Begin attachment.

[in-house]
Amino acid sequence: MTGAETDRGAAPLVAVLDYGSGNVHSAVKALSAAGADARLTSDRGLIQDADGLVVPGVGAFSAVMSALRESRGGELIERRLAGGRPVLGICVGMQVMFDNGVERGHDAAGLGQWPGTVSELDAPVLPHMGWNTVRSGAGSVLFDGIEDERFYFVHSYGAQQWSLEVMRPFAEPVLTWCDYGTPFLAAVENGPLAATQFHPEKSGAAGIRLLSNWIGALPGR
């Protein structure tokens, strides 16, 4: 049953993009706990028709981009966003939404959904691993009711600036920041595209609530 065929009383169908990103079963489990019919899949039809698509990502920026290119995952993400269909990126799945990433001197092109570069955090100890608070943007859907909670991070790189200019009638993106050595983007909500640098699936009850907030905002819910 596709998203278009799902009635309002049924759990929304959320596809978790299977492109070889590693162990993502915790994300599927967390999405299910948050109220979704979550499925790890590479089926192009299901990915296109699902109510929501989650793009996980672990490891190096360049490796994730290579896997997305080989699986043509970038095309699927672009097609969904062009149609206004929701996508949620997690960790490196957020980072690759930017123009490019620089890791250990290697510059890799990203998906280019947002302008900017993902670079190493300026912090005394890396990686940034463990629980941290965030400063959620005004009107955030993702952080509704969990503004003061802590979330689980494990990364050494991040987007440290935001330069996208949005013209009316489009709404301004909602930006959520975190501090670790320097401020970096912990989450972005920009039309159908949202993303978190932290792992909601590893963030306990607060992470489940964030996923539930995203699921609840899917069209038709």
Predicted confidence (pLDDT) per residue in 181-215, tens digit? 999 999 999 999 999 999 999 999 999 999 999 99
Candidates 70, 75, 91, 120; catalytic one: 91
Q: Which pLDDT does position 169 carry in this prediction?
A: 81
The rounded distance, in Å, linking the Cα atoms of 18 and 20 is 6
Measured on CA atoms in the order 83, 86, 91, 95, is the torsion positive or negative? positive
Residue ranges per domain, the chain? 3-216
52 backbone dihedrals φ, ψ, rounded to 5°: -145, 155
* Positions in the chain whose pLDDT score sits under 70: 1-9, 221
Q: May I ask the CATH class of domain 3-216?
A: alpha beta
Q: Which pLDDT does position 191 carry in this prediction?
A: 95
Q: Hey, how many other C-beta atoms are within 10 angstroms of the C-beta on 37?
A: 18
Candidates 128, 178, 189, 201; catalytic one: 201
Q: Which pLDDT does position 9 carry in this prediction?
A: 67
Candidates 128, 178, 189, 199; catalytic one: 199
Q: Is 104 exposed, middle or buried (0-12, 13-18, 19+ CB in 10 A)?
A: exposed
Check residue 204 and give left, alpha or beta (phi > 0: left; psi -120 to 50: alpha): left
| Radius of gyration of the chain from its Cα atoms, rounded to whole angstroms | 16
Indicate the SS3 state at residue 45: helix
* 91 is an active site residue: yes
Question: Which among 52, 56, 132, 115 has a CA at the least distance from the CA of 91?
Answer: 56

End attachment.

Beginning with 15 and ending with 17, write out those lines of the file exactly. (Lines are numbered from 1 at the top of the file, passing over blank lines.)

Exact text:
Q: Which pLDDT does position 191 carry in this prediction?
A: 95
Q: Hey, how many other C-beta atoms are within 10 angstroms of the C-beta on 37?